The projects will be funded with existing passenger fees, other airport revenue and bonds and will be completed by 2021. They are needed to improve service for travelers and airlines and reduce congestion on Sky Harbor Boulevard, airport officials said in pitching the investments to the Phoenix Aviation Advisory Board on Thursday.
Phoenix Aviation Director James Bennett showed photos of long lines to catch shuttle buses to and from the rental-car center, which is located several miles from the airport itself. It opened in 2006 and houses all major rental companies. Bennett said the problem is not limited to peak tourism season, when as many as 34,000 customers a day use the center, but long lines formed as recently as a Friday this month.
"This is what poor customer service looks like,'' he said, adding that the airport fields countless complaints about waits as the buses sometimes crawl along Sky Harbor Boulevard.
The plan has always been to extend the 3-year-old PHX Sky Train beyond Terminal 3 to the rental-car center, eliminating the fleet of 108 buses, and that time is now, Bennett said. The airport's forecasts call for 48 million passengers in 2021, up about 9% from 44 million last year.
"You can't really bus your way out of this system,'' Bennett said.
He said the airport considered relocating the rental center near the Sky Train station south of 44th and Washington streets on the airport's eastern edge but couldn't find enough space.
Waring said he supports investment in Sky Harbor but voted against these projects because of comments by Bennett about other options the airport considered when studying the Sky Train extension.
He said the fact that Sky Harbor officials looked into moving the rental-car center suggests the current location is bad and perhaps wasn’t studied enough by airport officials before seeking approval. The center opened in 2006.
“It’s not like this facility was built 40 years ago,’’ he said.
Bennett said he wasn’t suggesting the location is bad. He said the airport has to study all options before deciding on such a big-ticket item.
New 8-gate concourse
A new, eight-gate concourse in Terminal 4 has also been on the table since the terminal opened in 1990 and is needed now to accommodate airlines' larger planes and reduce passenger congestion in the terminals, Bennett said.
Phoenix Mayor Greg Stanton gave his blessing to the investments on Friday during a tour of Terminal 3, which is wrapping up the first phase of a $600 million makeover. He said he plans to support it, and singled out the 2.5-mile Sky Train extension as a "very important strategic investment'' for the airport. The Sky Train extension is projected to cost $700 million, the Terminal 4 course and gates $250 million.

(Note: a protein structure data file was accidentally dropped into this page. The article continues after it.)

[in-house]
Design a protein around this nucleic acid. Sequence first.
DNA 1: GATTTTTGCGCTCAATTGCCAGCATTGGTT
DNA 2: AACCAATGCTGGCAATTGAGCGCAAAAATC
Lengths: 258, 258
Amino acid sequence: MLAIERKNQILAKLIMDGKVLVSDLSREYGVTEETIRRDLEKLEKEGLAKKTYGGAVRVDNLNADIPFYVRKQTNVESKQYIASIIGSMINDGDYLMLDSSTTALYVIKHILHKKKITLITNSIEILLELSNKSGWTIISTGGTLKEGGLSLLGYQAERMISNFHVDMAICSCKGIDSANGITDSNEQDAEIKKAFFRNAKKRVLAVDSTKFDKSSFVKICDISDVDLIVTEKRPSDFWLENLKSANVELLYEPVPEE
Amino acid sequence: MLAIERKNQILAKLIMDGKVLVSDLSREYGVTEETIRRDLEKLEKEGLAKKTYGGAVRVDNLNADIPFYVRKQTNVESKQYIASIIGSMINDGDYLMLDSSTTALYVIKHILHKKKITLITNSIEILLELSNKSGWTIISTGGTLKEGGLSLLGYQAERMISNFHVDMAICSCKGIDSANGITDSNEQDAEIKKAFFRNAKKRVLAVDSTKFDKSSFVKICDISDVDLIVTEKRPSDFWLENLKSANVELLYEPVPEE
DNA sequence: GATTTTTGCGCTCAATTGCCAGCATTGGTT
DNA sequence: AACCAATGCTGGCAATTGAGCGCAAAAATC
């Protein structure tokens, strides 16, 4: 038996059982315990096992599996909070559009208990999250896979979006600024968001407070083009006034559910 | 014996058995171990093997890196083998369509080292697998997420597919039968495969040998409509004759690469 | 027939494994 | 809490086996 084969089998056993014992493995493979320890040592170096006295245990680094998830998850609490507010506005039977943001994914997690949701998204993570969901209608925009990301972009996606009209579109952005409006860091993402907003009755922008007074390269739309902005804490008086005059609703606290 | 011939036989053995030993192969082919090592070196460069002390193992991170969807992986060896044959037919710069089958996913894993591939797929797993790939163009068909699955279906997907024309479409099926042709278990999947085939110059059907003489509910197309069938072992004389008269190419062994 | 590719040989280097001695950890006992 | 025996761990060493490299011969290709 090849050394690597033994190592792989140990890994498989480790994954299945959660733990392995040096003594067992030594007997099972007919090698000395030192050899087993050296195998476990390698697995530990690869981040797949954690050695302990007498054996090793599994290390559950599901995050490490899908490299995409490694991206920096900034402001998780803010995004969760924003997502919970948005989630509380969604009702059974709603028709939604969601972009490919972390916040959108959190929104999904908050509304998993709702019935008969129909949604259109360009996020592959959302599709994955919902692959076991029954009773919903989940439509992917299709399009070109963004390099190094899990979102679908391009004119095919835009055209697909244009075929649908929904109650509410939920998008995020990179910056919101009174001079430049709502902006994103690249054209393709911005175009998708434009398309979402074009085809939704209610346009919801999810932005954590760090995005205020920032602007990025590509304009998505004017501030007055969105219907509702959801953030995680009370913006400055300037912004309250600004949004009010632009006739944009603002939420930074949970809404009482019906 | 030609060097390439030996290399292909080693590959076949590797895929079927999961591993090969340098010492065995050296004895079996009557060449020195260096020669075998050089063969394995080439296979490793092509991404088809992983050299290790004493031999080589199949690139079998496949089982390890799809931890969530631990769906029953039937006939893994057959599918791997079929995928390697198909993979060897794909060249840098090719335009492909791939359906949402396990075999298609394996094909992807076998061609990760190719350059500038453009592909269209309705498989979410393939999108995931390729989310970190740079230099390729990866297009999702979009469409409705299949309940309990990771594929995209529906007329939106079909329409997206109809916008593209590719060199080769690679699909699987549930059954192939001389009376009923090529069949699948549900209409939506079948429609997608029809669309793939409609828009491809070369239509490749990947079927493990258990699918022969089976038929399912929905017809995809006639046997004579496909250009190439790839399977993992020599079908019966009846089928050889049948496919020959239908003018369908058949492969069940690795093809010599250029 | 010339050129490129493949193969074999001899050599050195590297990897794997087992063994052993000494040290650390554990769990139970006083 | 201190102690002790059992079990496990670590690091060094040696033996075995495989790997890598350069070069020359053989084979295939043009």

Airport traffic dips
The proposed investments come as Sky Harbor, which reported record passenger counts in 2015, posted sizable, back-to-back declines in monthly passenger traffic this summer. The airport's passenger count declined 5.6% in July from a year earlier and 8.2% in August. Year to date, traffic is down 1.2%.
American, the busiest carrier at Sky Harbor since its 2013 merger with Arizona-based US Airways, posted double-digit decreases in passengers each month. American passenger counts were down 10.7% in July and 15.8% in August. Spokeswoman Polly Tracey attributes that to the airline using smaller planes with fewer seats on some routes out of Phoenix and, in August, an early end to the airline's summer schedule, which reduced its flying in Phoenix and other hubs earlier than in previous years.
She noted that American has added or announced plans to add service to several new cities out of Sky Harbor, including Memphis and Sonoma, Calif
Southwest, the other dominant carrier at Sky Harbor, also posted year-over-year declines in traffic in July and August, with passenger counts down 4.9% and 2.7%, respectively.
Numbers not worrisome
Stanton and Bennett said the declines don't give them pause about the timing of the airport's investments in Terminal 3, the Sky Train or Terminal 4. They said passenger numbers rise and fall but that the overall trend is up.
Stanton said he is not worried about the looming third anniversary of the American-US Airways merger. It is notable because American CEO Doug Parker, the longtime CEO of US Airways and Tempe-based America West before that, said at the time of the merger that the airline would maintain the status quo at Phoenix and other hubs for at least three years. American recently announced plans to close its flight-training center in Phoenix.
"Thus far they've made a business decision to maintain Phoenix as a hub. We have no reason to think that's not going to continue,'' Stanton said.
In response to a question about the performance of Phoenix on the airline's earnings conference call Thursday, American President Robert Isom said Sky Harbor is a great connecting hub and Phoenix is a strong metropolitan area.
"It's serving our network very well,'' he said.
(Dawn Gilbertson - The Arizona Republic / USA Today in the Sky)